Writing software recommendation: Workflowy

Regular readers will know I love lists. But what I love even more are:

  • organised lists
    • hierarchical lists (like this)
  • outlines (in the form of hierarchical lists of course)

The sort of list that you can:

  • easily move around
  • insert bullet points at will
  • promote or demote entries from chapter headings to sub-headings and back again, for example
  • split entries into new headings or sub-categories of their own
  • and so on.

(But it has to be extremely easy and quick to do all of those things.)

You can do so much with lists like these, from making a shopping list to outlining an article or story or novel to creating the business plan for a multi-billion dollar industry.

I’ve just started planning a rather complex novel, and this is where a decent outliner should come into its own. But the tools I had available just weren’t doing it for me. I tried using them and quickly ditched them and moved on to the next … and the next … until I ran out of options.

Microsoft Word has a built-in outliner, and while it’s usable it’s not brilliant (for complex novels at least). Also, I haven’t got Word on my netbook, only my desktop computer that I hardly use any more.

OpenOffice Writer, which I use on my netbook, sort of has one but it’s a massive pain to use – and totally unsuitable for planning a novel.

Until recently I used Treepad Lite for organising things, but it’s been a love-hate relationship. It does the job but not elegantly, nor is it fast. I started planning my novel on it but quickly abandoned it.

At this point I considered buying Scrivener so I could use the cork board/index cards feature, but that isn’t really how I like to work – I like lists! (It’s close, but not quite close enough.)

I do a lot of writing on my iPad now – including this very blog post. So I wanted something cross-platform: it needed to work on my Windows desktop computer, my Windows netbook, and my iPad – and ideally also on my Android smartphone so I can work on my novel while I’m out and about.

So I dug around in Apple’s App Store and eventually found Workflowy. It’s perfect, it’s dead simple, it’s brilliant. I wish I’d found it years ago. There’s an iPad app, an Android app and a browser version so you can use it in Windows. And none of them costs anything (which is always my favourite price!)

(There is of course a paid-for version – there always is, and that’s fair enough as they have to stay in business and continue creating great software – but none of the paid-for features are essential as far as I can tell. I seem to be getting on perfectly well without them. It might be useful to collaborate with other writers at some point, though – and that is a paid option.)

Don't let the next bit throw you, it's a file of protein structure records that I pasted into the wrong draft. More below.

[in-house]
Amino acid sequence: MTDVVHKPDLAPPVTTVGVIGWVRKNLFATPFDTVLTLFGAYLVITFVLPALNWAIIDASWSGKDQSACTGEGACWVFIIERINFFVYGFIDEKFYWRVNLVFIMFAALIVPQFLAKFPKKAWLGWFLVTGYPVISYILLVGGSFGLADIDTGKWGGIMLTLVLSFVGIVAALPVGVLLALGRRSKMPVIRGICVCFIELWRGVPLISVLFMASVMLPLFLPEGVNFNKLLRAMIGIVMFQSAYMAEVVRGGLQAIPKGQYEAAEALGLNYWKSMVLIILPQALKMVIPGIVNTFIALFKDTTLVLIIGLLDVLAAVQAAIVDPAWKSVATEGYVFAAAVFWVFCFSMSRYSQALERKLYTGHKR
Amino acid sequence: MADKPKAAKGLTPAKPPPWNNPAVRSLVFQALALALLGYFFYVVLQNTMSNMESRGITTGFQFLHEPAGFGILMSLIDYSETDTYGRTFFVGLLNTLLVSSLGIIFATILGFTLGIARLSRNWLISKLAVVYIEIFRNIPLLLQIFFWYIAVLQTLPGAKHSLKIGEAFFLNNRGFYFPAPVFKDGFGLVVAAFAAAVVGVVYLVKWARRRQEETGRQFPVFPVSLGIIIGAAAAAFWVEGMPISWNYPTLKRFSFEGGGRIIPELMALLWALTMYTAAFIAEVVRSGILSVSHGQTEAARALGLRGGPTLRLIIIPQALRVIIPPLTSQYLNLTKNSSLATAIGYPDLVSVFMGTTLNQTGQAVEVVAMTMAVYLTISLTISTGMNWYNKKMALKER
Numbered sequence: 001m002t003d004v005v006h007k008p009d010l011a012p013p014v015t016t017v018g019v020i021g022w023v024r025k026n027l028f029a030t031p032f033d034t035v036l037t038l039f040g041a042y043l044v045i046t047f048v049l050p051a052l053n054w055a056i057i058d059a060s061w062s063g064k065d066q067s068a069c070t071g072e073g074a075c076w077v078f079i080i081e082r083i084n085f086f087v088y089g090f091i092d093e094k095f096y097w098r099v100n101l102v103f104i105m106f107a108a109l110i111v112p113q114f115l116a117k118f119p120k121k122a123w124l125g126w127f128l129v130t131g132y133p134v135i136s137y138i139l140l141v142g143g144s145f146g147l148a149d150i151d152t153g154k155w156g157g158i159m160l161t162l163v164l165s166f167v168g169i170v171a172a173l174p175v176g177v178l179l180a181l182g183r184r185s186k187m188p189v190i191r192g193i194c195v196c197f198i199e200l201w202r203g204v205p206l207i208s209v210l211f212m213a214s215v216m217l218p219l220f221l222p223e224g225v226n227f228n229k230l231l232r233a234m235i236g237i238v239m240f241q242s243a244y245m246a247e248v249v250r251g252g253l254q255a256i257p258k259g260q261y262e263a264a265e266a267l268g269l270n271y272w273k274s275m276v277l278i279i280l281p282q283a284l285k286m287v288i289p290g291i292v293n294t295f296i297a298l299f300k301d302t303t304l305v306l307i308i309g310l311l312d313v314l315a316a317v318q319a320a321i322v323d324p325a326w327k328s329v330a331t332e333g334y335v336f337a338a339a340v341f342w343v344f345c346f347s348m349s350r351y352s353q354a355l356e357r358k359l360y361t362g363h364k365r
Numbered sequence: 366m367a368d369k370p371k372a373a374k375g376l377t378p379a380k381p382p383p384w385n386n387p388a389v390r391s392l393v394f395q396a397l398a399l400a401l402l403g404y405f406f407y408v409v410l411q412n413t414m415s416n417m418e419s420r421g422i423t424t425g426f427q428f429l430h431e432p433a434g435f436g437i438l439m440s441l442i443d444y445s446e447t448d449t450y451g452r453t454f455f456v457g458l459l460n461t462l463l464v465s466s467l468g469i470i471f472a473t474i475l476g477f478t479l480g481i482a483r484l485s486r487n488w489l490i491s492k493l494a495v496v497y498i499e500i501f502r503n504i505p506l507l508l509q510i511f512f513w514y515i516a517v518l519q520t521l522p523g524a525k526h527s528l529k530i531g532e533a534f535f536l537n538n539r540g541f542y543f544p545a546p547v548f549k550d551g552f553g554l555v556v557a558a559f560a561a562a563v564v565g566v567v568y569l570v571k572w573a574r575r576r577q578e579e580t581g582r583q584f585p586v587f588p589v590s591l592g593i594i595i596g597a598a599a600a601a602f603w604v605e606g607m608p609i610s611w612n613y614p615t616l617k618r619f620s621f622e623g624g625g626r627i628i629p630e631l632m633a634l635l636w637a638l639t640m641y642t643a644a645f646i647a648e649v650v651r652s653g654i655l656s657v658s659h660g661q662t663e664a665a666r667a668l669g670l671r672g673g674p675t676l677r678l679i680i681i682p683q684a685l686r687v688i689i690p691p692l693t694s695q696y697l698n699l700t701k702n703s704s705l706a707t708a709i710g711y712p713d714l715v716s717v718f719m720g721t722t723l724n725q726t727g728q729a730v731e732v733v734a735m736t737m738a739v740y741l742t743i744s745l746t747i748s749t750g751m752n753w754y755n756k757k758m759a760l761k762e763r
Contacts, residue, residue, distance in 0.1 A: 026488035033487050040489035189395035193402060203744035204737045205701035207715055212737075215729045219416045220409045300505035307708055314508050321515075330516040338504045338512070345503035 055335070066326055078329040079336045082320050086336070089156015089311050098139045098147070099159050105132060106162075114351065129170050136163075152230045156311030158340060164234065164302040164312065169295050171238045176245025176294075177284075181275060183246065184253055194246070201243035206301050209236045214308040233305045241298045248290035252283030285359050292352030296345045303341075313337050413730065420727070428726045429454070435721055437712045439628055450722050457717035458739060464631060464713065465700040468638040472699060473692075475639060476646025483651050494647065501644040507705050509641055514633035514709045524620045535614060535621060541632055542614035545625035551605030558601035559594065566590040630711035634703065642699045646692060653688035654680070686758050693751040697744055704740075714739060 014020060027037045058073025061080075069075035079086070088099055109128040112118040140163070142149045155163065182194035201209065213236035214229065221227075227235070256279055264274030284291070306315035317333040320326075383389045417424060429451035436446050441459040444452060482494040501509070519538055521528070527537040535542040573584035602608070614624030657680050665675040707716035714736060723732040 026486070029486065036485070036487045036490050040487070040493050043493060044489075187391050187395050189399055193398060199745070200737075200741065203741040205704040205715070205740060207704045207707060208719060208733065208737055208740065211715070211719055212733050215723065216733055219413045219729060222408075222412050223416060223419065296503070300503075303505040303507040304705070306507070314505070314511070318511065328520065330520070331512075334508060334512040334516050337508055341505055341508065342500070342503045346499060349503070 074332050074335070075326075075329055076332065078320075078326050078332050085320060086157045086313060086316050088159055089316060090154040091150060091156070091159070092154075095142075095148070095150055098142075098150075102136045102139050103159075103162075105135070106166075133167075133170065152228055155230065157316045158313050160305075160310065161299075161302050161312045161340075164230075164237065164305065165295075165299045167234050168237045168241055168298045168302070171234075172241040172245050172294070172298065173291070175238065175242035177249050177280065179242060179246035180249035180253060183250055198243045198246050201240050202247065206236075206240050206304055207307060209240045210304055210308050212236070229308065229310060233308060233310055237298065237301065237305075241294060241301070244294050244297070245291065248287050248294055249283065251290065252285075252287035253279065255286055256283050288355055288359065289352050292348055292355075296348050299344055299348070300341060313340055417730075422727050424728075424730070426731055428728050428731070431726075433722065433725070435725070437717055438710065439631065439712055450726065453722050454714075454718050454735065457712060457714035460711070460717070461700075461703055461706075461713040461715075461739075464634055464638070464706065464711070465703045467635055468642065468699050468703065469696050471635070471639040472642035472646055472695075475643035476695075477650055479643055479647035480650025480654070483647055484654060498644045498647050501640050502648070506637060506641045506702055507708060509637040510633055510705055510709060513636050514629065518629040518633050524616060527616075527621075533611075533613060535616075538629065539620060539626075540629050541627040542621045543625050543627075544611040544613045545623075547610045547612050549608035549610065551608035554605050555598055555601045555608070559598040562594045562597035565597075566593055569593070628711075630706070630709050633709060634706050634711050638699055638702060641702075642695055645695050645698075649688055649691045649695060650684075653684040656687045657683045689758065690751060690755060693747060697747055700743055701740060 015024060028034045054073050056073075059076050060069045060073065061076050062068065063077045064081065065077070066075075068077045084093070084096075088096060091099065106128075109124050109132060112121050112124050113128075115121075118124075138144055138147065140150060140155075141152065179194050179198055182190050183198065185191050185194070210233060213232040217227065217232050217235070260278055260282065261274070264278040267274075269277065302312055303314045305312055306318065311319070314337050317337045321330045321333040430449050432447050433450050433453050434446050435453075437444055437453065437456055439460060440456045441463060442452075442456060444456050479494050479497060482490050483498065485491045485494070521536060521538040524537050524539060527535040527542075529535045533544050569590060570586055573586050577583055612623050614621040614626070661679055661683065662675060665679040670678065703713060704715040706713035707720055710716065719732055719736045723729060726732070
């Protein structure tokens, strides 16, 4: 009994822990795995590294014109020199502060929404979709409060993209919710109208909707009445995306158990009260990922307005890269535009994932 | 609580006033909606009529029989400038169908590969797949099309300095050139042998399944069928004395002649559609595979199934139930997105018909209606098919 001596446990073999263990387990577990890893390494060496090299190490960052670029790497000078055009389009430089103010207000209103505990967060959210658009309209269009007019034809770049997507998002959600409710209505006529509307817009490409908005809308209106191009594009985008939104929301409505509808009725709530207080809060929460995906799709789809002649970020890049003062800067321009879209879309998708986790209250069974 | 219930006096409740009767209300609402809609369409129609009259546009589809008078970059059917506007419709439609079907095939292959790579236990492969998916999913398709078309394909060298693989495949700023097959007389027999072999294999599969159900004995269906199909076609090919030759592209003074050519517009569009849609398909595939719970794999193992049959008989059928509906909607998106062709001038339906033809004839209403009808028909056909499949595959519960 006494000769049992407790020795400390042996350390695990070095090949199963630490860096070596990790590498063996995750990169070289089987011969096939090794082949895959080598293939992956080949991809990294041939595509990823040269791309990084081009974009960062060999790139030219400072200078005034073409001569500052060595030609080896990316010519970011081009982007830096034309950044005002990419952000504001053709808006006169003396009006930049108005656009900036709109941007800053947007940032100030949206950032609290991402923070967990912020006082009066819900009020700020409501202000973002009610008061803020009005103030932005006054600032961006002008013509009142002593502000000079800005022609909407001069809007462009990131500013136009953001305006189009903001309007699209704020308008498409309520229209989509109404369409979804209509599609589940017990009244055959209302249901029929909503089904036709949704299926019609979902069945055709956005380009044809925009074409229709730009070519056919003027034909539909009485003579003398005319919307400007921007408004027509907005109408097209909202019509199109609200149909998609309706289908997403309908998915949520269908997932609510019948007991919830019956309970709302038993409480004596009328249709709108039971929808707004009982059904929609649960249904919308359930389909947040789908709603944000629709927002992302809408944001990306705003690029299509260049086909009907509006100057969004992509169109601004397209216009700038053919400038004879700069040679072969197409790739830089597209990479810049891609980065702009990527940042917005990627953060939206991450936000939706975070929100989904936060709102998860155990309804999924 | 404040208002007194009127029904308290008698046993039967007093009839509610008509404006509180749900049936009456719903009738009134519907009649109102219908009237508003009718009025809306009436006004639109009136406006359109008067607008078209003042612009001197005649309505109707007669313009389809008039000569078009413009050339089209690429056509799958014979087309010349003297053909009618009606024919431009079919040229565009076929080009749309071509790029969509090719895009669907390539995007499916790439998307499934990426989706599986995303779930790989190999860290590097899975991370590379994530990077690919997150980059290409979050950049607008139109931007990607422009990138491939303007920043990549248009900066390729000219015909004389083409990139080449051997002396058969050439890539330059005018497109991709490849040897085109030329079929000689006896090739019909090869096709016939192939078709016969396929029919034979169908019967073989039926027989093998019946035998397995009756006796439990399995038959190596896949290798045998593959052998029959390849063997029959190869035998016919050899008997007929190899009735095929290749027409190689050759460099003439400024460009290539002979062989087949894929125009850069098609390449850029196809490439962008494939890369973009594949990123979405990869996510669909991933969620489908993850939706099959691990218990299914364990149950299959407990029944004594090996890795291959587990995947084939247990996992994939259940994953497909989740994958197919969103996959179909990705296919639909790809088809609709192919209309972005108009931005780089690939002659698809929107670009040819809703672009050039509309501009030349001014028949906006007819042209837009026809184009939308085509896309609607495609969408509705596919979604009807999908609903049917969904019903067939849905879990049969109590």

The only very slight drawback is that you can only add 250 items (bullet points) to your lists each month (unless you pay to upgrade). But if you recommend Workflowy to your friends (see below) you get an extra 250 items per month for each one who signs up.

If you’re a list-maker/outliner/planner like me, rather than someone who prefers the “start writing and let’s see where it goes” approach, it’s well worth having a look at Workflowy. My novel is now coming along splendidly, so I give it my highest personal recommendation. It’s something I definitely use (a lot) and have come to love and rely on in a very short time – and that’s not something I say very often.

There’s a short video on their website that shows you how it works. And that’s all the training you need.

If you use the following link (because you’re my friend) you can immediately start off with 500 items per month as your basic allowance rather than the usual 250. (It will increase my allowance too, so thank you in advance if you decide to give it a try.)

More writing tools

Each month from now on I’ll be looking at no cost/low cost tools (and probably books too) that make our writing lives easier. If you have any recommendations please let me know: I’m sure there must be lots of other great tools out there that I’m simply not aware of.

Software for writers

I’ve just added a “Software for writers” page to the ideas4writers blog. All the best writing software in one place. If your favourite software isn’t included please let me know.

Dave Haslett, ideas4writers,